Two Colorado Electoral College members have filed a lawsuit for the chance to vote against Donald Trump on Dec. 19.
Robert Nemanich and Polly Baca filed the federal suit against Colorado's governor, secretary of state and attorney general on Dec. 6, reports KXRM.
Existing Colorado state law requires electors to confirm the popular vote, but Nemanich and Baca claim in their suits that the requirements are unconstitutional, arguing that the Electoral College exists to keep unqualified or dangerous candidates out of office.
"My personal belief and judgement is that Donald Trump is so dangerous to the representative form of government, regardless, that him in office is more dangerous than the mechanisms that would be put in play to stop him from office," Nemanich told KXRM about the prospect that the lawsuit could change the future of the election process.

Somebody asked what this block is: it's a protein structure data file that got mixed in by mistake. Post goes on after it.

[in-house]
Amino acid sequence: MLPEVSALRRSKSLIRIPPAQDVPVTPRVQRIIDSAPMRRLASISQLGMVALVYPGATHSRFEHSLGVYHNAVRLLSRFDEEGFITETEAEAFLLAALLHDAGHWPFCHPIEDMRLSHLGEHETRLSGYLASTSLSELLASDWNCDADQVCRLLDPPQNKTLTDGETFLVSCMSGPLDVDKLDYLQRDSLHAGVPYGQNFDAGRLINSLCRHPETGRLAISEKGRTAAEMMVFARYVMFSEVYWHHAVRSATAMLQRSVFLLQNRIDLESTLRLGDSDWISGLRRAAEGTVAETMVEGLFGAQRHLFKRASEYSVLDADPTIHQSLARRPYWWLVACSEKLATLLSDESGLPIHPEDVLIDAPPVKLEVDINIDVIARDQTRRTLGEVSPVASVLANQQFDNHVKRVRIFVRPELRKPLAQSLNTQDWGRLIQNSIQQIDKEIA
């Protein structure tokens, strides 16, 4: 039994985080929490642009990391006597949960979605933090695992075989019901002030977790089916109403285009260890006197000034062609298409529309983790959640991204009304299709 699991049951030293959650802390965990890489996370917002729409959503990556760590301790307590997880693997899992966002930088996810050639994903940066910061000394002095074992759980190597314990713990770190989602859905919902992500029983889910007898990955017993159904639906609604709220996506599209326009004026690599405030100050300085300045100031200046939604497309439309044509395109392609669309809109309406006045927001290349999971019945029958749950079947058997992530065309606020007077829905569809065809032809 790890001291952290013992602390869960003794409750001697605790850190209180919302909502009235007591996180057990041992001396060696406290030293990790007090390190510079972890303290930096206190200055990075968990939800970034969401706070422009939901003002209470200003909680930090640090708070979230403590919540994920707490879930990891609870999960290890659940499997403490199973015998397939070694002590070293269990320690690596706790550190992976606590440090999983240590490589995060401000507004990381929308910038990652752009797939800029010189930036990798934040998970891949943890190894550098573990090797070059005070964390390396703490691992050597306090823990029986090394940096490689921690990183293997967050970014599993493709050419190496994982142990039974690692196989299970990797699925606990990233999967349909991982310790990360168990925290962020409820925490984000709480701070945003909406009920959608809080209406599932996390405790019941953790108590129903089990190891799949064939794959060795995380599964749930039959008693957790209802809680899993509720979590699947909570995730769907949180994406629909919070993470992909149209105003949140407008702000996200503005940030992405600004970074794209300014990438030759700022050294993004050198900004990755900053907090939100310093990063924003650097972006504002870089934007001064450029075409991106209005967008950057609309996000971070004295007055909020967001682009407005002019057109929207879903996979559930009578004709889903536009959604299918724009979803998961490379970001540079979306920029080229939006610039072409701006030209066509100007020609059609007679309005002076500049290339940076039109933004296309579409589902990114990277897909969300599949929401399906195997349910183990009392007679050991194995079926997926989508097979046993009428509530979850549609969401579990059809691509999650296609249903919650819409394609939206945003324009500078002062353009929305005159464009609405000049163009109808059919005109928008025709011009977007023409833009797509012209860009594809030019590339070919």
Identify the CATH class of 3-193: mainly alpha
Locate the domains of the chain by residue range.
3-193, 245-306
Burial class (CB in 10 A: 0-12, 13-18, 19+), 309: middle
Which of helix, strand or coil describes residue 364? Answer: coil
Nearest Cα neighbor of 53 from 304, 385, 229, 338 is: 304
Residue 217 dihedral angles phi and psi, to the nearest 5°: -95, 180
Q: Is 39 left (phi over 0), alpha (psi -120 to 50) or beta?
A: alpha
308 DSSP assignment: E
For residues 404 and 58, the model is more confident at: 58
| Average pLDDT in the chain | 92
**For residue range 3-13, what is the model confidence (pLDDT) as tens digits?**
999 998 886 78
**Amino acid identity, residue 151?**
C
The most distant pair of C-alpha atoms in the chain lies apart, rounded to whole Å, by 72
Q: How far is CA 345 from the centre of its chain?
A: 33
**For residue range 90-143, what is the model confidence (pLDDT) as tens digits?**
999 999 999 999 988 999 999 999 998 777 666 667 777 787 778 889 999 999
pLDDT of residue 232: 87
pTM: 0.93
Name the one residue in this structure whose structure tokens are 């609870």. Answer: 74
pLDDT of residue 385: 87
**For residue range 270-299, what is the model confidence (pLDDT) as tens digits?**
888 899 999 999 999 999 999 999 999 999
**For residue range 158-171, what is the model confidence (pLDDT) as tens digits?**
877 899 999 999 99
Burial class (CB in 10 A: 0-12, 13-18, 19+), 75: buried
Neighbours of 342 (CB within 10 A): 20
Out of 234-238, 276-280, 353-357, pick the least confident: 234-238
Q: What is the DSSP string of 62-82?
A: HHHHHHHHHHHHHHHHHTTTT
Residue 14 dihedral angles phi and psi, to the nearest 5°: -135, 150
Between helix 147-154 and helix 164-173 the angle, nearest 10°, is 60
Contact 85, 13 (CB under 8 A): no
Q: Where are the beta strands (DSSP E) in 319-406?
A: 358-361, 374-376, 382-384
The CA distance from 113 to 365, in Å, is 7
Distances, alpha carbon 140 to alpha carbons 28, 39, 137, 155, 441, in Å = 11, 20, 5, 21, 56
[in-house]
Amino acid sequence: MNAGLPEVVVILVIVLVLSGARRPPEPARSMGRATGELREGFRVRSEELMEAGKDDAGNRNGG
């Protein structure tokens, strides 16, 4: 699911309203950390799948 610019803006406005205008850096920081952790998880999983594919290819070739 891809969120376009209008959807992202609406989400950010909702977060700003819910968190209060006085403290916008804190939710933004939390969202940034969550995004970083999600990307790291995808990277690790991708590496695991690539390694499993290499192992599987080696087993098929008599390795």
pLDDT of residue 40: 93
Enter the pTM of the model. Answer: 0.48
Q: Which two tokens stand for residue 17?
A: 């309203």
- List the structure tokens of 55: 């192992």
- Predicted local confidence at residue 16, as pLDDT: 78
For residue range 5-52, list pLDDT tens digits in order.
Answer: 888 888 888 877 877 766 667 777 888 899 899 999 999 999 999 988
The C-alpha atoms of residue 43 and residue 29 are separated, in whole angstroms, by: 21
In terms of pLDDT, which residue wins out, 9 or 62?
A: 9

Nemanich said that he knew the lawsuit could lead to "serious stuff" like riots, but to him, it is worth it.
"There will be some form of unrest," he added. "That's America. There's unrest in lots of things. I get that. I don't want that."
The pair is not looking to put Hillary Clinton in the Oval Office – rather, they intend to vote for a different Republican such as John Kasich, John McCain or Mitt Romney.
"Donald Trump is unfit for the presidency and that doesn't come just from my personal judgement, it comes from conversations that I've had with Republicans, Independents, Democrats," Nemanich added.
The Colorado voters are not alone. Several other Electoral College members announced plans to vote against Trump, while nearly five million people have signed an online petition on Change.org urging the electors to vote for Hillary Clinton instead.
"Why not use the most undemocratic of our institutions to ensure a democratic result?" asks the petition's official website.
Though Trump is the president-elect, he could theoretically lose his position if a minimum of 38 Republican electors and 232 Democratic ones vote for a Republican alternative candidate who did not run in the general election, assuming that several states change their laws to accommodate this, notes KXRM. This would be unprecedented throughout the entire history of U.S. elections.
"I'm cautiously optimistic," said Nemanich.